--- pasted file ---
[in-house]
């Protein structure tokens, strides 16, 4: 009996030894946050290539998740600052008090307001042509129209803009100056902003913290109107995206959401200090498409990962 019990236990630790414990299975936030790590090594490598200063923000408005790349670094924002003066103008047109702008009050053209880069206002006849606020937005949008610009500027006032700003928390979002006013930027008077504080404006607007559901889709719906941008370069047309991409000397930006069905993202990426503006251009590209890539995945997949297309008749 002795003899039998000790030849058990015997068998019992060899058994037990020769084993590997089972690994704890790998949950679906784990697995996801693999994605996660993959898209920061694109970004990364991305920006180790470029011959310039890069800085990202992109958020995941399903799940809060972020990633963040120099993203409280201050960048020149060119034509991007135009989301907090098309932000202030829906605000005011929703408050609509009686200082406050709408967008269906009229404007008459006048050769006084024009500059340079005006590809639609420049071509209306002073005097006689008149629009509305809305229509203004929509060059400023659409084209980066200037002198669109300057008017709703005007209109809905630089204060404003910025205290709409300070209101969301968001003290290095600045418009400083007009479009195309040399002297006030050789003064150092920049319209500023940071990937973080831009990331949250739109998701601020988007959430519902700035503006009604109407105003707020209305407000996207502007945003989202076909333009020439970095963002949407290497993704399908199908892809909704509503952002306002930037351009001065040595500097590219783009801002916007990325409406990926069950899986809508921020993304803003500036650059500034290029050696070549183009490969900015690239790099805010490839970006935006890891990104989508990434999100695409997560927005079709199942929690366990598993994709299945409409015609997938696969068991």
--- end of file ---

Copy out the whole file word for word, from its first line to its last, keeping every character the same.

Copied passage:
[in-house]
């Protein structure tokens, strides 16, 4: 009996030894946050290539998740600052008090307001042509129209803009100056902003913290109107995206959401200090498409990962 019990236990630790414990299975936030790590090594490598200063923000408005790349670094924002003066103008047109702008009050053209880069206002006849606020937005949008610009500027006032700003928390979002006013930027008077504080404006607007559901889709719906941008370069047309991409000397930006069905993202990426503006251009590209890539995945997949297309008749 002795003899039998000790030849058990015997068998019992060899058994037990020769084993590997089972690994704890790998949950679906784990697995996801693999994605996660993959898209920061694109970004990364991305920006180790470029011959310039890069800085990202992109958020995941399903799940809060972020990633963040120099993203409280201050960048020149060119034509991007135009989301907090098309932000202030829906605000005011929703408050609509009686200082406050709408967008269906009229404007008459006048050769006084024009500059340079005006590809639609420049071509209306002073005097006689008149629009509305809305229509203004929509060059400023659409084209980066200037002198669109300057008017709703005007209109809905630089204060404003910025205290709409300070209101969301968001003290290095600045418009400083007009479009195309040399002297006030050789003064150092920049319209500023940071990937973080831009990331949250739109998701601020988007959430519902700035503006009604109407105003707020209305407000996207502007945003989202076909333009020439970095963002949407290497993704399908199908892809909704509503952002306002930037351009001065040595500097590219783009801002916007990325409406990926069950899986809508921020993304803003500036650059500034290029050696070549183009490969900015690239790099805010490839970006935006890891990104989508990434999100695409997560927005079709199942929690366990598993994709299945409409015609997938696969068991």